Its high ‘springiness’ is great for spin variation and looping but can also affect the player’s control if they do not have time and experience practicing with fiberglass blades to reach a balance.
- 1. Balsa’s lightweight makes for a fast blade with a good feeling of control.
- 2. With a balsa blade in hand, you are sure to experience excellent speed and spin than ordinary wood.
Suitable playing style and configuration: Balsa is most popular in “all-around blades due to its high ability to produce spin. The solid core construction with Balsa makes it suitable for good attack and defense. Hence, it is suitable for attacking players who want excellent speed, control, and spin/faster swings!
Overview: Basswood is a stable, lightweight wood suitable for all kinds of blade types. This wood is widely available throughout China and accounts for a good portion of the budget-friendly player blades that you will see today.
Features: Basswood’s behavior is widely determined by the plies, and it is another very diverse wood. The Features are almost similar to that of limba.
It is heavy and hard yet provides the racket with adequate stability and control on service and receive. Since the wood is stiff, it works well in all metrics (mid-or backhand). It also creates stiff mid and thin topspin.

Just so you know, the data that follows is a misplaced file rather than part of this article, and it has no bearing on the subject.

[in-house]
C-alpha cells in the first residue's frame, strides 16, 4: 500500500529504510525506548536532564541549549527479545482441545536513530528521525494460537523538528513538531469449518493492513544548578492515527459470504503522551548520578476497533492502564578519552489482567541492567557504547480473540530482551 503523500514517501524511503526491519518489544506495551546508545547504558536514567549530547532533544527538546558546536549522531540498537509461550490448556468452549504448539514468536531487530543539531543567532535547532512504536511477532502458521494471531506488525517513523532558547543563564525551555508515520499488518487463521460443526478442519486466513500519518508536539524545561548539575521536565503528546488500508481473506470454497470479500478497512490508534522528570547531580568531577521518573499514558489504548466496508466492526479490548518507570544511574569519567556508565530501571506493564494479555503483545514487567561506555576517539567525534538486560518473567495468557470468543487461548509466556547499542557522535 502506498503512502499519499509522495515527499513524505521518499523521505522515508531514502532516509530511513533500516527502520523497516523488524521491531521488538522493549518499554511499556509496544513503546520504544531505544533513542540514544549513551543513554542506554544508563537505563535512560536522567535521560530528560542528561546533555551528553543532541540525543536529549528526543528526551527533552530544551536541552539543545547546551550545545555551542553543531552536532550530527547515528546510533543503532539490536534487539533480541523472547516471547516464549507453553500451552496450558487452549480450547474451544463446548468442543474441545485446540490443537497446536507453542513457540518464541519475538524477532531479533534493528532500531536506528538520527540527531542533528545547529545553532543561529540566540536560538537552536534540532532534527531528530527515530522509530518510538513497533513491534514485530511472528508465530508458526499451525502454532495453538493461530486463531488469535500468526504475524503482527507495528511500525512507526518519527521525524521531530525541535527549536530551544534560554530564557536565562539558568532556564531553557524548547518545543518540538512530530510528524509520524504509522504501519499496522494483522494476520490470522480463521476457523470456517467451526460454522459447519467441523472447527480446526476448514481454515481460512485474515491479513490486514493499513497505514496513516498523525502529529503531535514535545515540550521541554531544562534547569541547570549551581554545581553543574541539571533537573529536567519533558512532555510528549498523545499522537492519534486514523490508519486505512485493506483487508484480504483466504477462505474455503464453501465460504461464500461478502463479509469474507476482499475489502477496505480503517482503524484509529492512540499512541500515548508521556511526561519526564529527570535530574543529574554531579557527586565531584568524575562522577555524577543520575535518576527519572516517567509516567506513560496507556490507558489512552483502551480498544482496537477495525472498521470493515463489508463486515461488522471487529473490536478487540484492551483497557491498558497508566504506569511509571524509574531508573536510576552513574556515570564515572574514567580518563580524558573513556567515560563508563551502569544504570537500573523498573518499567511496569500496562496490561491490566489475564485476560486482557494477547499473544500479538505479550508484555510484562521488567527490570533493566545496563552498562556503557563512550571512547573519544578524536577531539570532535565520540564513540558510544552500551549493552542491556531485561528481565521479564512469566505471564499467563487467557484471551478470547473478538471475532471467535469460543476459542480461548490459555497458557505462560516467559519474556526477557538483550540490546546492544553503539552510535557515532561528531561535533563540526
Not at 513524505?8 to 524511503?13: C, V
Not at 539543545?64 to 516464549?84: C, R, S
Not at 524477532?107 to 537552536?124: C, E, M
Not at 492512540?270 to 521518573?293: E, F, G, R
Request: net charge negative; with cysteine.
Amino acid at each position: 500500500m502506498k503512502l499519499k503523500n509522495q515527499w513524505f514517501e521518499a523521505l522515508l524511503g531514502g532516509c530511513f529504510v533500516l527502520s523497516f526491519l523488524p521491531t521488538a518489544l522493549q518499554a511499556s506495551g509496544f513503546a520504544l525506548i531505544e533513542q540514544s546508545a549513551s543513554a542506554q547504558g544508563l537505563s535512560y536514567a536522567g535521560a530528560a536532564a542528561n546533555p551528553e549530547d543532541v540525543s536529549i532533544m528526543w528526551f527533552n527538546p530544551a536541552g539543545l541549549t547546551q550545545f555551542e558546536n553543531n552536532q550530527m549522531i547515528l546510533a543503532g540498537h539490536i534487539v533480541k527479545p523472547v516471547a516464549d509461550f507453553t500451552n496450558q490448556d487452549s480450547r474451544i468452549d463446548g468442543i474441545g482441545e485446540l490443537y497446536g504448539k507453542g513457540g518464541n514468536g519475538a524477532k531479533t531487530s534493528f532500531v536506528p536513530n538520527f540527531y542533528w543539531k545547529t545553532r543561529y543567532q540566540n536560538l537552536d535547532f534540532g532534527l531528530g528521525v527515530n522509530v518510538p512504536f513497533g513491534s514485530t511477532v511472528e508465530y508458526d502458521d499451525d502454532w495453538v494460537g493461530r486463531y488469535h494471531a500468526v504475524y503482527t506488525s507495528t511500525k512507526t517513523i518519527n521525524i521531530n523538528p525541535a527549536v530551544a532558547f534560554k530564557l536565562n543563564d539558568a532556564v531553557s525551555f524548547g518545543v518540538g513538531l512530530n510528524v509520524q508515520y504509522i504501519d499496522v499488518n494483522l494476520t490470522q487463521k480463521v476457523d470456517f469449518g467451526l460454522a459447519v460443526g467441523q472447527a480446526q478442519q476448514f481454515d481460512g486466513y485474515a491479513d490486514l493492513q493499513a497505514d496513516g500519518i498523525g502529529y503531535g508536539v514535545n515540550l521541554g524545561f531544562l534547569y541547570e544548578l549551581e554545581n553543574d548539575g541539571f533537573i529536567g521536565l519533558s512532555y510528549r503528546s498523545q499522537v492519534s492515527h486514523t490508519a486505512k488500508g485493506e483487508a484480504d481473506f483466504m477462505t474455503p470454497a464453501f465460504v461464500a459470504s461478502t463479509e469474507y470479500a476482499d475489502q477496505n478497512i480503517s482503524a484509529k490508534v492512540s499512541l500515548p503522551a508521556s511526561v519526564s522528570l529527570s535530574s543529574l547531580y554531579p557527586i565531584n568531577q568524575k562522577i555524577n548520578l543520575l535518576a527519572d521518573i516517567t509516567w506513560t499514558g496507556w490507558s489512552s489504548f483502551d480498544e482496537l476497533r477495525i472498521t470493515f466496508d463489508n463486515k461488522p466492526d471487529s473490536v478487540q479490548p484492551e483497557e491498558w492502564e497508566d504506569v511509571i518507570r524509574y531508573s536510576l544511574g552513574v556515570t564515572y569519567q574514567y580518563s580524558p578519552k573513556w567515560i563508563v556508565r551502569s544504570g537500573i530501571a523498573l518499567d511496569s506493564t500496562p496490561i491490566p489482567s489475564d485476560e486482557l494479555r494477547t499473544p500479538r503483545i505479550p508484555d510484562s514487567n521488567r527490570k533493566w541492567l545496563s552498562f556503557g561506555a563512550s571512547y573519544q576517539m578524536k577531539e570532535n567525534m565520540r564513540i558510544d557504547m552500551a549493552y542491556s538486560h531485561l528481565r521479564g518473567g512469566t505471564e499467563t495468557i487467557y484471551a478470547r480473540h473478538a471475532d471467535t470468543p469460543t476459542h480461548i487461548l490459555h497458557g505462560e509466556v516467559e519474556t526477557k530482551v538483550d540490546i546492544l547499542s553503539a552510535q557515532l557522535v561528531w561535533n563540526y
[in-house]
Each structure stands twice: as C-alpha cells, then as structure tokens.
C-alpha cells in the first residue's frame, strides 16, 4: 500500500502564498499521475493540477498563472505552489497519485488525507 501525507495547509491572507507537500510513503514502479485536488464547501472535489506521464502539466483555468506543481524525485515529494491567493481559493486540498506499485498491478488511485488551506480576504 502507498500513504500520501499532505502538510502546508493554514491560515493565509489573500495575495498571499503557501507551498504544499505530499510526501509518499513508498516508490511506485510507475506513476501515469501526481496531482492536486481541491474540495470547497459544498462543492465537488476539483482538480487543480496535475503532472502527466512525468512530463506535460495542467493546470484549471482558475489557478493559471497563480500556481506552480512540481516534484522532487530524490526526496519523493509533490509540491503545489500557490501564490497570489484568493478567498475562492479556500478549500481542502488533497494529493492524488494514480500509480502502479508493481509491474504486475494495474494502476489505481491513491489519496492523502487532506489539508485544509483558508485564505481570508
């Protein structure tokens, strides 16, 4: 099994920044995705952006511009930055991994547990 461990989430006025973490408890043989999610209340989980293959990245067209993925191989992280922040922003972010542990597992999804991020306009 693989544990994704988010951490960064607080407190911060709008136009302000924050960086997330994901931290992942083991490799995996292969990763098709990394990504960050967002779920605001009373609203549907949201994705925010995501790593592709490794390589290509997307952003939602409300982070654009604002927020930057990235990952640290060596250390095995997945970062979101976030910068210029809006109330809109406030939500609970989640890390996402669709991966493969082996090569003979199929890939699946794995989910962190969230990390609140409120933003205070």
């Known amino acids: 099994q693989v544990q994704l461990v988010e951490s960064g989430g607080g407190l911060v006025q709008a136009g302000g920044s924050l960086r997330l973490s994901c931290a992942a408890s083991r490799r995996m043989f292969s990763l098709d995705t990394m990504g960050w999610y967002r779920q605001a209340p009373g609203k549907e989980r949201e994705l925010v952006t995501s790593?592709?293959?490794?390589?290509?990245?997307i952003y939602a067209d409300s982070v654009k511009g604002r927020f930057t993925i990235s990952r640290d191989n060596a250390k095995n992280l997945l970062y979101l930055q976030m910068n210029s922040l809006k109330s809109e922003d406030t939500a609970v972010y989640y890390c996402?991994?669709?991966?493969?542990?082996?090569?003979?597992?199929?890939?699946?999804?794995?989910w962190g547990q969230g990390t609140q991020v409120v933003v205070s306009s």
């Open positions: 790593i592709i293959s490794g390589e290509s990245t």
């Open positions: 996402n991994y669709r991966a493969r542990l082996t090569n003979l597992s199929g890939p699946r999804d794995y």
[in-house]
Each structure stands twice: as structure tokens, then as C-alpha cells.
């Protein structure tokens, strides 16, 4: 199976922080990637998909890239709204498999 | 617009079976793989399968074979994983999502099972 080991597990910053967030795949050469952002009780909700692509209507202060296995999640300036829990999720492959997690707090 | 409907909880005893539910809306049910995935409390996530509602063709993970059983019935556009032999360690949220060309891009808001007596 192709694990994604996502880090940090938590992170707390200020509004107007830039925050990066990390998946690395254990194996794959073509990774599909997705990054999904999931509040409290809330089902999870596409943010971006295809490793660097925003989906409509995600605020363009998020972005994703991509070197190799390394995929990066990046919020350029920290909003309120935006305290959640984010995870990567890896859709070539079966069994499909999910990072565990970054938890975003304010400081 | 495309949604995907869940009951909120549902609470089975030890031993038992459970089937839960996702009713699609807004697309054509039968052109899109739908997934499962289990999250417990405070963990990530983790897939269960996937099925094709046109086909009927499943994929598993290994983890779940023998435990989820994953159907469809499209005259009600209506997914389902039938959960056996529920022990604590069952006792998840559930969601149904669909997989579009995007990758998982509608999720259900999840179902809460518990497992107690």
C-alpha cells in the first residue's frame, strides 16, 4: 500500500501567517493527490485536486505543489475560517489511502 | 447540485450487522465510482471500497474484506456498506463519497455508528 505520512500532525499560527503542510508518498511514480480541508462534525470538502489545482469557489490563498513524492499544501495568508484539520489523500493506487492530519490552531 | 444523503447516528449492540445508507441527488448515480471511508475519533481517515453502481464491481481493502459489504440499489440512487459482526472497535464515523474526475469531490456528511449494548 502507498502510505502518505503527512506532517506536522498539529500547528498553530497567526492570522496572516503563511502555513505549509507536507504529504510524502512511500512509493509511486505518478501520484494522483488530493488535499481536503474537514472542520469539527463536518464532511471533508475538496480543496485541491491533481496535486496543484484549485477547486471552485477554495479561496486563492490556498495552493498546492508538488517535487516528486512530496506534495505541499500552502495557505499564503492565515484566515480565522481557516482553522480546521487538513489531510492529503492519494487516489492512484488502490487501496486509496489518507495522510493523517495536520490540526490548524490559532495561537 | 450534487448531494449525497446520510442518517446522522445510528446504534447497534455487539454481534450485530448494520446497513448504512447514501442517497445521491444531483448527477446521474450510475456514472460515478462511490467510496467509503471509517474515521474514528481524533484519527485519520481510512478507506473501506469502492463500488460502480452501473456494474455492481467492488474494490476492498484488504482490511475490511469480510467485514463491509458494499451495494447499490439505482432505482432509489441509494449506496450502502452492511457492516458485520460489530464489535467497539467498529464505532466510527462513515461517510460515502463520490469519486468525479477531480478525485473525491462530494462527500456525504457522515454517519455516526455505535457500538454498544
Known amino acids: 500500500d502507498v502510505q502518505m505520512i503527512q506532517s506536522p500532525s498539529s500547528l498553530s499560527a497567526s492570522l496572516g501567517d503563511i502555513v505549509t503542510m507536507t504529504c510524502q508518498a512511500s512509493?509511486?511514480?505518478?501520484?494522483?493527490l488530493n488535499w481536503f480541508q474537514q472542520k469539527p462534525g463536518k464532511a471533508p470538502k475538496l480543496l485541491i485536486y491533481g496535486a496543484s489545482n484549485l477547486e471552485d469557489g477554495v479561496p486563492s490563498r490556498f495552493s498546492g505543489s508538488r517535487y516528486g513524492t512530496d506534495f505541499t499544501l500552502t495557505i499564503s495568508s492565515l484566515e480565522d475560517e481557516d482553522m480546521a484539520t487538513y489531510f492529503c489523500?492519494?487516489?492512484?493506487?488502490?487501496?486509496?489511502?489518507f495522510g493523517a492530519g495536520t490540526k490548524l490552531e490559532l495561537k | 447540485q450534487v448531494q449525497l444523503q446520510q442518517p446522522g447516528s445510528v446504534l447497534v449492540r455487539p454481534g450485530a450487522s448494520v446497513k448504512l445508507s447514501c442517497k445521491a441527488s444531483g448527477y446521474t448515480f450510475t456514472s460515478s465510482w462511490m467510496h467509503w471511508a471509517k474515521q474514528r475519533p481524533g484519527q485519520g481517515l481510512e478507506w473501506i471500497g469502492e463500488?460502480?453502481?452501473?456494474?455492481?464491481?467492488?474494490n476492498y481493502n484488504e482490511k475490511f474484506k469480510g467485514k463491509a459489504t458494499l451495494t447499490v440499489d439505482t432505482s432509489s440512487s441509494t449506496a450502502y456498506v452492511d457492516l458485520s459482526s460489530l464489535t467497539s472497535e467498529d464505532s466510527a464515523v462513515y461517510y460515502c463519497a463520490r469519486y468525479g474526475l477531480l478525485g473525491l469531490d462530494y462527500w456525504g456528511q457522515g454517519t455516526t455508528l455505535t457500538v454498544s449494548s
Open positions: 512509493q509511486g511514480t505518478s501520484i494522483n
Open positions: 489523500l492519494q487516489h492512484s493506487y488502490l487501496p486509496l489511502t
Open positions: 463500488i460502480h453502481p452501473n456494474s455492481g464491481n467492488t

- 1. Table tennis blades with basswood composition are very economical all-around blades.
- 2. Although economic quality construction provides all the essential benefits of a high-quality blade.
Suitable playing style and configuration: It is good for strong fundamentals and all-around playability. Being very economical, it is an excellent choice for beginners to practice different drills. The characteristics of the wood also make it suitable for close to the table blocking.
7. Hinoki / Cypress
Overview: Hinoki Cypress is just like natural Hinoki wood; it is light and easy to work with and produces a fast and powerful blade. You can use this type of wood for any kind of blade. Hence the popularity of this wood in the manufacturing of a variety of custom-made blades.
Also, it has an atypical property of often holding up even after prolonged use. Well, you can only acquire these properties from a genuine Blade crafted from this material. Hinoki / Cypress woods are expensive, but if you want to acquire a high-quality blade, this is the best choice for you!
Features: Hinoki Cypress is the most suitable wood in terms of flexibility, weight, and proper springiness. This Japanese wood comprises a very smooth texture, making it an excellent material for a blade, and Hinoki doesn’t encumber anything which can make your shot off.
But don’t you think this makes it slower, though, because Hinoki is actually relatively fast!
- 1. Control and power are two essential factors in choosing wood for custom table tennis blade construction. Hinoki provides control and power to help you with your game.
- 2. It provides an excellent feeling to touch.
Suitable playing style and configuration: Hinoki Cypress delivers soft touch and power. It is a high-quality offensive wood best for topspin and, of course, to win points!
Overview: Koto is a Japanese word used in table tennis blades. This wood is also known as Ofete, Kakende, Kefe, Ake, Ikame, Awari, and Kyere. Koto has a tight, stiff grain and sharp tone. Blades constructed with Koto look natural and provide the lightest, truest feeling.